How Do Wolves Say Hello?
Have you seen dogs jump up to greet their owners, bark at strangers or roll over when another dog approaches? Then you already know something about how wolves communicate. Dogs inherited most of their language from their ancestors, the wolves.
Wolves use three different languages:
There are two levels of submissive behavior: active and passive. Active submission is a contact activity in which signs of inferiority are evident such as crouching, muzzle licking and tail tucking. The behaviors typical of active submission are first used by pups to elicit regurgitation in adults. These behaviors are retained into adulthood by subordinate wolves, where they function as a gesture of intimacy and the acceptance of the differentiation of the roles of the wolves that are involved.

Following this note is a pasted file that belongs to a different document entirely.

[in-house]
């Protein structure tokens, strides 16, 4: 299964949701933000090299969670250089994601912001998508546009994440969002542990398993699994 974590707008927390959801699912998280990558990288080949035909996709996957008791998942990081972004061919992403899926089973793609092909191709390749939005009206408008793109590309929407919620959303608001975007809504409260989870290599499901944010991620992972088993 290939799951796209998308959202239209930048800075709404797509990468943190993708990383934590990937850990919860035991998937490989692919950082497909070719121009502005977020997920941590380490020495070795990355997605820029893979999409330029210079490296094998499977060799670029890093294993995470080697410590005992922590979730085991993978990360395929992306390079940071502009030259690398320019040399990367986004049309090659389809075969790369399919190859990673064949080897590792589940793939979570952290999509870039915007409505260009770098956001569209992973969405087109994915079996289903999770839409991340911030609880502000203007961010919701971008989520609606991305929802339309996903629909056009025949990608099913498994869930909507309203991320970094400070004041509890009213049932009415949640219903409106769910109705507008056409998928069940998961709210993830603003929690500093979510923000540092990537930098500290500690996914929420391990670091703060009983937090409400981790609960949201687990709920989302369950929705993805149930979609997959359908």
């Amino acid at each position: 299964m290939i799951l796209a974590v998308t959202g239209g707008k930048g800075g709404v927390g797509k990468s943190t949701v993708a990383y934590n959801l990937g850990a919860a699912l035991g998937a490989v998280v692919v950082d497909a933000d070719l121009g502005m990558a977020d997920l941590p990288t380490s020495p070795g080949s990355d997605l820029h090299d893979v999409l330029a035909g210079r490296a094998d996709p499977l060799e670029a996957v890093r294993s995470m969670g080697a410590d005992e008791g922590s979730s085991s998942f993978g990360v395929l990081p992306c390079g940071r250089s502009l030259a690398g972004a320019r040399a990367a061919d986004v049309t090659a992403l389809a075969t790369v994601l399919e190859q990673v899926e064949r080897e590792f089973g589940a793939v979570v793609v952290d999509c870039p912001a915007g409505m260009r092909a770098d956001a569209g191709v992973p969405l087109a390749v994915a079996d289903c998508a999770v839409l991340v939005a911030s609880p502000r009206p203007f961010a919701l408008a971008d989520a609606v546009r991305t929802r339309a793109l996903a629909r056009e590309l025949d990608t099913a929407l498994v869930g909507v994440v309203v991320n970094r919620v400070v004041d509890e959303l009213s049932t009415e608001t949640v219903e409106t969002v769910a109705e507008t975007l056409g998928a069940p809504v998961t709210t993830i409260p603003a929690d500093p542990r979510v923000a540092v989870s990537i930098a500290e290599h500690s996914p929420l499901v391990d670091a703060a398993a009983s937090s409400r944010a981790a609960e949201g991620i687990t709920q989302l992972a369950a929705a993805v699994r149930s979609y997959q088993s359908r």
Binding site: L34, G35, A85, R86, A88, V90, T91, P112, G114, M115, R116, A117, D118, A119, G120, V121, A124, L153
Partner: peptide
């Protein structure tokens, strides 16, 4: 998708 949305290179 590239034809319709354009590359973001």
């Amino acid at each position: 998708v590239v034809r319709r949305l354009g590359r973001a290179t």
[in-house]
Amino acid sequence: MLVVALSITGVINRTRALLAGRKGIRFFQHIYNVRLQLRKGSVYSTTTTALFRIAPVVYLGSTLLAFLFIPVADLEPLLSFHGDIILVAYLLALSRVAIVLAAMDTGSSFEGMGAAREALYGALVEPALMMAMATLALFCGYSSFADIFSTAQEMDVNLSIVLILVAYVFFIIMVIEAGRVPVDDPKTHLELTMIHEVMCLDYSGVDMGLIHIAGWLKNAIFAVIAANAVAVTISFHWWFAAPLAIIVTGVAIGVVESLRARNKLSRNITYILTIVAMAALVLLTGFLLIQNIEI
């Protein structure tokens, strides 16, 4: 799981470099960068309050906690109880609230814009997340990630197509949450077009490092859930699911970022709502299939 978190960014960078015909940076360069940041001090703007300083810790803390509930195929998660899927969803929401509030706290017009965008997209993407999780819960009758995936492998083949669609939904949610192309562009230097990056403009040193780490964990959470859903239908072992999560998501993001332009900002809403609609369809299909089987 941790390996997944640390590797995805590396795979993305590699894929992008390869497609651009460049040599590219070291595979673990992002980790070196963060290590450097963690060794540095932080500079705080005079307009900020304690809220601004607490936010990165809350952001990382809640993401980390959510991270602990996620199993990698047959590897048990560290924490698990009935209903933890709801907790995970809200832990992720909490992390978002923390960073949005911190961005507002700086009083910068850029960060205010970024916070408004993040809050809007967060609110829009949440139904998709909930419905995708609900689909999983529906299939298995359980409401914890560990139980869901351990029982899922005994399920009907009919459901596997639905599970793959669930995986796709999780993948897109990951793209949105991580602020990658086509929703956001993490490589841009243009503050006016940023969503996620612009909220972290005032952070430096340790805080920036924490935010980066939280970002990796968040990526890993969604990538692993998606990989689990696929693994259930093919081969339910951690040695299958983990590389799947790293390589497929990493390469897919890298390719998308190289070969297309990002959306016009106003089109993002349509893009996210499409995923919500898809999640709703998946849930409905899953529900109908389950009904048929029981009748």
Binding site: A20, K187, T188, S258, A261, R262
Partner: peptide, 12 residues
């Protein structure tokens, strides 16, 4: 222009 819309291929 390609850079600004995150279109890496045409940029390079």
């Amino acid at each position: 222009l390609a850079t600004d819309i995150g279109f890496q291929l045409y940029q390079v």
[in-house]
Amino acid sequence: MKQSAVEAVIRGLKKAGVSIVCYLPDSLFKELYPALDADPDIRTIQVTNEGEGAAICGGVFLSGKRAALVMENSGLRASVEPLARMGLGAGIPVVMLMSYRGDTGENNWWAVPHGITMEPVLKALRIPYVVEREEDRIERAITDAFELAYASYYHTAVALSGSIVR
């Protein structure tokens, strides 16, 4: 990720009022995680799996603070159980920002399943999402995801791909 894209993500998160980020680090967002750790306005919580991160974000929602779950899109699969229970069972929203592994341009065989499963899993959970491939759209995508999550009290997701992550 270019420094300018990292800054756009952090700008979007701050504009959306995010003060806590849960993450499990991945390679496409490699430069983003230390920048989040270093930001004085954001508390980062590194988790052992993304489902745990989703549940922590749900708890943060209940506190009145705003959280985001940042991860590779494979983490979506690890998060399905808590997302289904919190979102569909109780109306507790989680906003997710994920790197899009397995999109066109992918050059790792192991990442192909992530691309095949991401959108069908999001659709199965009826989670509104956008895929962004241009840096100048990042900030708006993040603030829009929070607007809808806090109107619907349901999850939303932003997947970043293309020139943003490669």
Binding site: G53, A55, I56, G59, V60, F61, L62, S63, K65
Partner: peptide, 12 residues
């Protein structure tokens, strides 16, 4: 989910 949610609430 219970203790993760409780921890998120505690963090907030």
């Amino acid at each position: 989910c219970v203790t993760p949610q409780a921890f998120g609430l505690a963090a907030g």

When you hear a wolf howl in the night–the are not howling at the moon–they are communicating. They call any time of the day, but they are most easily heard in the evening when the wind dies down and wolves are most active. Wolves’ vocalizations can be separated into four categories: barking, whimpering, growling, and howling. Sounds created by the wolf may actually be a combination of sounds such as a bark-howl or growl-bark.
The International Wolf Center advances the survival of wolf populations by teaching about wolves, their relationship to wildlands and the human role in their future.